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Live Report: Einar Selvik, Draugurinn & Forndom in Stockholm



November 25, 2016 | Stockholm, SE | Nalen

Written by Martin H.| Photography by Helena


Tänk På Döden…

I had traveled to Sweden’s capital, Stockholm, in late November for a concert featuring three noteworthy musical projects: Forndom, Draugurinn, and Einar Selvik. The venue, Nalen, situated within walking distance from Stockholm’s medieval city center, was an elegant hall constructed with marble columns and ambient lighting. With a maximum capacity of 400, it was a pretty small venue – the Wardruna show which was scheduled in the same venue for the following day had been sold out for months, which lead to a second Wardruna show being added shortly afterward.

Forndom | Credit: Helena

Forndom | Credit: Helena

As the hall began to fill up, I was pleased to hear a fine selection of background music which included: Dead Can Dance, Einstürzende Neubauten, Desiderii Marginis and Irfan. Glancing ahead, the stage was already set for Forndom: A large wooden Oden statue shaped like a totem pole towered behind the space for three musicians. H.L.H. Swärd, the Swedish founder behind Forndom, took center stage and the sides were occupied by two percussionists taking up their weapons of choice: A rawhide drum and wood log, respectively. Before performing the introductory tones, Swärd honoured the Oden statue with a few drops from a horn. They performed songs from both the excellent EP, Flykt (released a couple of years ago when the project was still called Heathen Harnow) and the equally haunting debut album, Daudra Dura, released in January 2016. Forndom’s music is quite minimalistic, so naturally their performance was such as well. The only live elements were percussion, singing and some involvement of the Tagelharpa (also known as Jouhikko, or bowed lyre). All other sound layers were projected via backing track. This put a lot of focus on the Tagelharpa, which I loved (in Wardruna, this element sometimes gets lost in the abundance of other sound layers) – but, the minimalism also made the songs seem rather similar to each other. One has to keep in mind, however, that it was only the second live show Forndom has ever played, so we might see more elaborate performances in the future.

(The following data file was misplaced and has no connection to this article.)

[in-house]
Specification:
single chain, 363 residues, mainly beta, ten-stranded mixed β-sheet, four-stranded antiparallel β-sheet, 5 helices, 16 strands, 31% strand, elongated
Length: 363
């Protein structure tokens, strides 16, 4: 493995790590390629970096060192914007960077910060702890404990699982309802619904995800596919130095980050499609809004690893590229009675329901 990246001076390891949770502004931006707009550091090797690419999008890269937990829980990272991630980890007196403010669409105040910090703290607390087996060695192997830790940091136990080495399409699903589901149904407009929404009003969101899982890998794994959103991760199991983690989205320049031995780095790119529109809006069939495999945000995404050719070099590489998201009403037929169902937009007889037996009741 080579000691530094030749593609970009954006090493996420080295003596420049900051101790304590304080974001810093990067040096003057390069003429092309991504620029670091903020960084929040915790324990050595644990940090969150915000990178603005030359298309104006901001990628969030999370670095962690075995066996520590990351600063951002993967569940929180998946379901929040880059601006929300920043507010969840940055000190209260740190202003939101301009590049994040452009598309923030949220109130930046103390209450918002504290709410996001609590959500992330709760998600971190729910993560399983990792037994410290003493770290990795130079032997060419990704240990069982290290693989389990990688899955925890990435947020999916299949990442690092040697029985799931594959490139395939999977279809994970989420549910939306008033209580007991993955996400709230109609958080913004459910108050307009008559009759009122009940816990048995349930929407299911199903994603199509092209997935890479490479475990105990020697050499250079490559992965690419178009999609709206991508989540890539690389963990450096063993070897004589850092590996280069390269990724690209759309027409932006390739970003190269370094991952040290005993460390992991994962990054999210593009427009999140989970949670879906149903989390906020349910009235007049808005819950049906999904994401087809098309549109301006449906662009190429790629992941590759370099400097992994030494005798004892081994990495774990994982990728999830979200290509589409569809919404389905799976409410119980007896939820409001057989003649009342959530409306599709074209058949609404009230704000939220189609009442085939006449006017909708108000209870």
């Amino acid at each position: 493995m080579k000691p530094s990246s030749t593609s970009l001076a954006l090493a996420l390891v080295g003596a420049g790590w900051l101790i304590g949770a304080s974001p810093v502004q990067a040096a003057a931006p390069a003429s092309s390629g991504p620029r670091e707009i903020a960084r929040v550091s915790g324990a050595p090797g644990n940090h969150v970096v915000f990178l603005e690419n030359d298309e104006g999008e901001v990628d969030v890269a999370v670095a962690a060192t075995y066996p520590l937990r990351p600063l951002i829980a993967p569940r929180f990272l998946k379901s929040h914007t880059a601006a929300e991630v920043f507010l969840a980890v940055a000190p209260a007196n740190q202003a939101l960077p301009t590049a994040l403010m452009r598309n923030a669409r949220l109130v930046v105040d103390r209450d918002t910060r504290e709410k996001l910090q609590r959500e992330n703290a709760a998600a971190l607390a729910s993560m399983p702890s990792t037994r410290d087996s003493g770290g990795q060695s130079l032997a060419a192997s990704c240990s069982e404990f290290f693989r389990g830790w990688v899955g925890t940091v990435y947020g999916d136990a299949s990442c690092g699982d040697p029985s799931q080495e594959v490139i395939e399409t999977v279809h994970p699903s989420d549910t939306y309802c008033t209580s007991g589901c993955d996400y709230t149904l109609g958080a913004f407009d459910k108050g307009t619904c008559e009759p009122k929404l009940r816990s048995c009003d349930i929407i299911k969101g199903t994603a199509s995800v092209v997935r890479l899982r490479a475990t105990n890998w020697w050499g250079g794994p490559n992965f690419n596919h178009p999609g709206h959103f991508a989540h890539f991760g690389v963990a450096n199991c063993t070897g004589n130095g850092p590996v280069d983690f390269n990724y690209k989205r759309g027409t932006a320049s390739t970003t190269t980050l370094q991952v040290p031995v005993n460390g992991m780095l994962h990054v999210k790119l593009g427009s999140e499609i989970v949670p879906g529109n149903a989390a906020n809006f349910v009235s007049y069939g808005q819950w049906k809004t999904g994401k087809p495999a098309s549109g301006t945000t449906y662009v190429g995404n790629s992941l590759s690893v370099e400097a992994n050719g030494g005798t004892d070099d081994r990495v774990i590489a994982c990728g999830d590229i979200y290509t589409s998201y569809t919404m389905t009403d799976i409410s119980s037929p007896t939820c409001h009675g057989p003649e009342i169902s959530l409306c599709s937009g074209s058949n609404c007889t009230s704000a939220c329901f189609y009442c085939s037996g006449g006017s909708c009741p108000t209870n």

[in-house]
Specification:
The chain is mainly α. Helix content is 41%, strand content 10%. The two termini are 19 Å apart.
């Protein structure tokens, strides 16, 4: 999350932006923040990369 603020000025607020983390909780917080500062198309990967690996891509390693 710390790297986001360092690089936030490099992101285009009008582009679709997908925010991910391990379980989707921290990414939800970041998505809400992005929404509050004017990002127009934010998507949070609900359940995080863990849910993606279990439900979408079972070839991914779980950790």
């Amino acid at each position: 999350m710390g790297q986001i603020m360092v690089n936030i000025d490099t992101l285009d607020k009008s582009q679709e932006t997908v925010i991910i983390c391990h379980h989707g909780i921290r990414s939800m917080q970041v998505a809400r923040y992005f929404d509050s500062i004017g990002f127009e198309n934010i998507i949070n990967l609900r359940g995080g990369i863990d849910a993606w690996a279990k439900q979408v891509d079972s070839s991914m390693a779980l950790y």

Draugurinn | Credit: Helena

Draugurinn | Credit: Helena

Next up was Draugurinn, an elusive, solo dark ambient project run by a Swedish woman named Disa. Her live performances are few and far between, so I was happy to be present at this one. The artist was joined on stage by a secondary figure, clothed in a hooded cloak just like her. Above them was a huge video projection of darkened landscapes, in which runes occasionally appeared in. The runes seemed to have a thematic connection to certain video elements (the Laukr rune appeared next to footage of rain, for example). Disa sang along to very minimalistic, dark ambient soundscapes which slightly distorted her voice – these elements came in via backing track. It was a pretty minimal performance, even keeping in mind that it was primarily a dark ambient set. Apart from the singing aspect and occasional rattling, the audience was left with audio drone and video footage. Overall, it was a solid dark ambient set; however, less impressive than I had hoped for.

Einar Selvik | Credit: Helena

Einar Selvik | Credit: Helena

After a quick changeover it was time for the night’s main headliner, presented by Einar Selvik. He is best known for his aforementioned project Wardruna, which has mesmerized the ears of those all around the world. Additionally, Wardruna’s popularity has skyrocketed in the last year after Einar’s contributions to the soundtrack of the TV series, Vikings. This evening’s performance turned out to be a mix between a concert and lecture. Einar was alone on stage, making it easy for the audience to focus solely on him. He demonstrated his main instruments: Tagelharpa (once again, referred to as a bowed lyre or Jouhikko), Bukkehorn (a goat horn with a few finger holes), and Lyre (played by either picking or strumming). During every song, Einar’s mastery of each instrument became more and more apparent. The Bukkehorn in particular is an archaic instrument and pretty difficult to play, but he made it sound nuanced as if he was a jazz musician with a saxophone between his fingers. His voice was a particularly enchanting element added into the mix – the songs seemed to resonate deeply from within him, and while he was singing I could almost see snow-covered mountains towering over Norwegian fjords right in front of my closed eyes.

Einar Selvik Set | Credit: Helena

Einar Selvik’s Set | Credit: Helena

Between songs, Einar talked about the instruments, the creative process, and little anecdotes about whatever came to his mind. He used his natural stage presence to capture everyone’s attention, and everyone in the crowd seemed eager to listen and learn. Before everything he said, Einar took time to reflect on his thoughts and formulate nuanced sentences, creating a musical lecture as he went along. It was absolutely astonishing to see this demonstration of outstanding creative skills paired with humbled honesty. There were no show elements at all – only an honest man, his friendly humour and his magnificent instruments. In a way, it was even more impressive than the previous Wardruna concerts I had attended. The songs were shown in their bare essence and their purest form. It was an outstanding demonstration of musical craft, sung and played by one of the most inspiring artists of our time.

Einar Selvik Setlist:

Rotlaust Tre Fell

Death of Ragnar



Tagelharpa song, name unknown

Bukkehorn song, name unknown